Tuesday, December 18, 2012

The Robot And I: On The Beast

I'm currently working my way through a small stack that I picked up at the Massachusetts Independent Comics Expo this past September.

Title: The Robot And I: On The Beast
Date: 2012
Publisher: Bazzelwaki
Writer: Ben Prager
Artist: Ben Prager

A man and a robot are summoned to a remote frozen village to prevent the Beast from awakening. I don't want to give spoilers on the nature of the Beast itself. Suffice it to say that it is visually impressive and very original.

The artwork in this quarter-sized minicomic is really good, to the point that it suffers a bit from the small-sized format of the book. The pacing of the story is fast, and I ended up having to read it a couple of times to make sure I was understanding it, but I definitely appreciated the clever and surreal nature of the tale.

This left me wanting to see more of the artist's creations.

Rating: 8/10

Monday, December 17, 2012

Lights Out

Title: Lights Out
Date: 2012
Publisher: Morbid Holiday
Writer: David Wade Evans
Artist: David Wade Evans

Quarter-sized minicomic by David Wade Evans of Morbid Holiday and Hybrid Mind, inspired by the 1863 painting Rocks At Narragansett by William Stanley Haseltine.

When the light goes out in a lighthouse, it's up to a passing whale to save a ship from disaster, in spite of their best efforts to avoid being saved. The whole thing is told tongue-in-cheek with a very goofy cartoon whale, but it still keeps all the necessary elements of a good story, and Evans does a nice job with showing the action from different perspectives.

Rating: 7/10

Sunday, December 16, 2012


Title: Trinity: A Graphic History of the First Atomic Bomb
Date: 2012
Publisher: Hill & Wang
Writer:  Jonathan Fetter-Vorm
Artist: Jonathan Fetter-Vorm

Jonathan Fetter-Vorm relates a wide-ranging history of the development of the first nuclear weapons, beginning with the early discoveries of radioactivity and nuclear forces, through the Manhattan project, the bombings of Hiroshima and Nagasaki, and the beginnings of the nuclear arms race.

This is an ambitious book, and Fetter-Vorm moves the narrative along at a rapid pace, sprinkling in enough physics and history to get the important concepts across. The focus characters are Robert Oppenheimer, who headed the Manhattan Project's Secret Weapons Lab, and the military director of the Manhattan Project, General Leslie Groves.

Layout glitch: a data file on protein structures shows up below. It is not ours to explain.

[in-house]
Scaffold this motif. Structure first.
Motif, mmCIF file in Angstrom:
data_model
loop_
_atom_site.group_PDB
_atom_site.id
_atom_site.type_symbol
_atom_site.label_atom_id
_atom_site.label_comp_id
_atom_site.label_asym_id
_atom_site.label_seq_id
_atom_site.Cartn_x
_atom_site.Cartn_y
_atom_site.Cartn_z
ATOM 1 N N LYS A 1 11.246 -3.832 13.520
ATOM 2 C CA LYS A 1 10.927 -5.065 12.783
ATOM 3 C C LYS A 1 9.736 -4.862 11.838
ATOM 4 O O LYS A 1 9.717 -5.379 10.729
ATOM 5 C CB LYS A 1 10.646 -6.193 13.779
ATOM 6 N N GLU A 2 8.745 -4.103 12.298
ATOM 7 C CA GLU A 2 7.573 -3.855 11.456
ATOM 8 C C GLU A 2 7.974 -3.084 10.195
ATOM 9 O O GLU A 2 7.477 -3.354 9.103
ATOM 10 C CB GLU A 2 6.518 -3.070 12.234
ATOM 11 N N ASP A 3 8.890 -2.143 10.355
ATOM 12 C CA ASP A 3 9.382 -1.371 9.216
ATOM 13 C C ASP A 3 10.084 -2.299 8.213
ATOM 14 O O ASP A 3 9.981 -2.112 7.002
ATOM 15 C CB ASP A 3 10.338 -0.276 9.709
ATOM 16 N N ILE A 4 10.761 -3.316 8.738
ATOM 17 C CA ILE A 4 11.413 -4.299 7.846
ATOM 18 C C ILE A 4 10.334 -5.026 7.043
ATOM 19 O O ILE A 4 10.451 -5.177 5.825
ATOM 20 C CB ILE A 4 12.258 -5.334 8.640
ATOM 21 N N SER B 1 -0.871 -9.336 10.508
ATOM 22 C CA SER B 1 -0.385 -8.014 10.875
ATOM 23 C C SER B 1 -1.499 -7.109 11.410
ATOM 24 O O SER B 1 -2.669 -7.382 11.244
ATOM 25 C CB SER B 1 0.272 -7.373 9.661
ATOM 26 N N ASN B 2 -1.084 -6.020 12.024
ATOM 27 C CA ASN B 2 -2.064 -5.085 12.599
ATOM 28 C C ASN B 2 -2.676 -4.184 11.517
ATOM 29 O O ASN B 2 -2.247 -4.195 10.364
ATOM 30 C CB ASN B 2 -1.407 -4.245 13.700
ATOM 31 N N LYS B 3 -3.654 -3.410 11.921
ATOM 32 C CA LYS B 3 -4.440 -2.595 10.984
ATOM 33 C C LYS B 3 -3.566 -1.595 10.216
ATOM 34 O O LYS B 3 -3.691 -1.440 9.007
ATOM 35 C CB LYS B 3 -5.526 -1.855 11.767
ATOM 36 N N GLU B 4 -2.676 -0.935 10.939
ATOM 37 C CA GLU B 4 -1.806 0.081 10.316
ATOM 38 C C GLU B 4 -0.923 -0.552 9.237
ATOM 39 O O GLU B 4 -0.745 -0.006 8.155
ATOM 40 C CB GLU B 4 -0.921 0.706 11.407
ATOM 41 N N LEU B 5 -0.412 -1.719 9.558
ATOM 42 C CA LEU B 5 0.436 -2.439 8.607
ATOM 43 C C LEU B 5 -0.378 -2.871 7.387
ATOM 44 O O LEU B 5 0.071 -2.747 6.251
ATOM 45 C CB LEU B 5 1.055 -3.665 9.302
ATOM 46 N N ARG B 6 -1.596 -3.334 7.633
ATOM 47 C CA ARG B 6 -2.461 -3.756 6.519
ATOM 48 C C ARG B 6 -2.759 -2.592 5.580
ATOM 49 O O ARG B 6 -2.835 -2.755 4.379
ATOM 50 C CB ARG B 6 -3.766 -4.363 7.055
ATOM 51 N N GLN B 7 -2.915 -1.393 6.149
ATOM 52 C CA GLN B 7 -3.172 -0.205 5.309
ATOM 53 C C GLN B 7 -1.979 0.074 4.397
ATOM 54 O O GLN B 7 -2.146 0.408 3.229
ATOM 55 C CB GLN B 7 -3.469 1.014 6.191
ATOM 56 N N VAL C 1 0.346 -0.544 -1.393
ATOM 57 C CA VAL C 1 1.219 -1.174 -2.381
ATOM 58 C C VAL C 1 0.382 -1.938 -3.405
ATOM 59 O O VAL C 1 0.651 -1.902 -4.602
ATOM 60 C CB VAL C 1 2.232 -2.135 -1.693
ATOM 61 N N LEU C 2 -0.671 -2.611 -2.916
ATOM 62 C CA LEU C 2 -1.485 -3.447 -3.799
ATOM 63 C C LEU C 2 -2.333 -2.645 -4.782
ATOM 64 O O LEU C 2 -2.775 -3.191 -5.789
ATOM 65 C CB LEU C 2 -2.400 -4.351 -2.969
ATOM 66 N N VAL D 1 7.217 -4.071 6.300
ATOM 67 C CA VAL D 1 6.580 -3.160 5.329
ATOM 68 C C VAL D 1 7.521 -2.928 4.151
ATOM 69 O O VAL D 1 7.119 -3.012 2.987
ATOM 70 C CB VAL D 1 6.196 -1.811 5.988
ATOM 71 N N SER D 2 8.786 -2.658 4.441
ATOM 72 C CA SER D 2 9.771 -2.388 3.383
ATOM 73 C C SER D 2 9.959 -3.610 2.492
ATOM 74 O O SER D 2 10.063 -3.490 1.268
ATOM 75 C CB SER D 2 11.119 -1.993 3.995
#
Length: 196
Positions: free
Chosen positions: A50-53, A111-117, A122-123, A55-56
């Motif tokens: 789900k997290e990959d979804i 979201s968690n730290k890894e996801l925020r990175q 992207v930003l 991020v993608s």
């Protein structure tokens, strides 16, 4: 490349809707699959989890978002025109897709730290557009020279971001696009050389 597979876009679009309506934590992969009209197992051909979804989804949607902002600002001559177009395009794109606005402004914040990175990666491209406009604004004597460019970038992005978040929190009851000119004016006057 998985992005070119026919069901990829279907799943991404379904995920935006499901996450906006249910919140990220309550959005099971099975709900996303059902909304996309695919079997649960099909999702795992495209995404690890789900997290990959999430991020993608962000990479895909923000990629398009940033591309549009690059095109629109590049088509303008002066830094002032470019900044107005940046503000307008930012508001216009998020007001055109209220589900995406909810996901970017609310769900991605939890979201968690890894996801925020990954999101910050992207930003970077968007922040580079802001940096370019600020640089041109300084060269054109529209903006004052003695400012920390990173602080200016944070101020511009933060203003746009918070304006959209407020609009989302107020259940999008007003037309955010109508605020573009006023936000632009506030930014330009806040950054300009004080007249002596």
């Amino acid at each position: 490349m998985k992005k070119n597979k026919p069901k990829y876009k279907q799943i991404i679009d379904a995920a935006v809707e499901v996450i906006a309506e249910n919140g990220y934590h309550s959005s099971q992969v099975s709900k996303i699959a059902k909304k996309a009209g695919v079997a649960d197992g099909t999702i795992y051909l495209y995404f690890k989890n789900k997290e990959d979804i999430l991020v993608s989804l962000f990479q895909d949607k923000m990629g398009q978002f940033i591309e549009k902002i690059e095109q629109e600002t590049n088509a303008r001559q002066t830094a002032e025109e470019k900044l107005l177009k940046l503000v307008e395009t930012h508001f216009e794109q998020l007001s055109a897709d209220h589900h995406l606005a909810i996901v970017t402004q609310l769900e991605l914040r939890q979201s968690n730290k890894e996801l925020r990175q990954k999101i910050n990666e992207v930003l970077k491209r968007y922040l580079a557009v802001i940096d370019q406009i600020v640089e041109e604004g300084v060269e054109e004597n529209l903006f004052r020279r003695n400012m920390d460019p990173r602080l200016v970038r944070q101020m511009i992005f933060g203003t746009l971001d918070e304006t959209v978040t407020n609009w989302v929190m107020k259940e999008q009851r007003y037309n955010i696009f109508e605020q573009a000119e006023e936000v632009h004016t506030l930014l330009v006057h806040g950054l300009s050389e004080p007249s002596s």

There are appearances by Marie Curie, Enrico Fermi, HG Wells, Lise Meitner, Leo Szilard, Albert Einstein, Curtis LeMay, Harry S. Truman, Winston Churchill, Joseph Stalin, and Emperor Hirohito.

Fetter-Vorm presents the technical details of the bomb in concise, accessible bits, and uses exact quotes as much as possible to provides revealing glimpses of the many historical figures.

There are some moments when it feels like he is trying too hard, but overall, the artwork conveys the power and the terror of the forces unleashed while it accentuates the humanity of the characters.

There have certainly been much larger and more extensive books written about these events, but this graphic novel manages to be wide-ranging in scope while it explains technical detail and gives insight into the human interactions that lead to the atomic age.

Rating: 8.5/10

Wednesday, December 12, 2012

So, This Is What It's Come To...

Another minicomic from among the many I acquired in 2012.

Title: So, This Is What It's Come To...
Date: 2011
Publisher: Liz Prince Power
Writer:  Liz Prince, Ramsey Beyer, Leslie Perrine, Kettner
Artist: Liz Prince, Ramsey Beyer, Leslie Perrine, Kettner

This 24-page half-sized b/w minicomic is a collaboration between four zinesters about their experiences with OK Cupid. The stories range from bad dates (and bad dates in cemeteries!) to odd interactions with the OK Cupid culture and interface, to bringing friends along on dates, to the "walk of shame" when you realize that the person whose profile seems perfect for you is one of your real-life friends.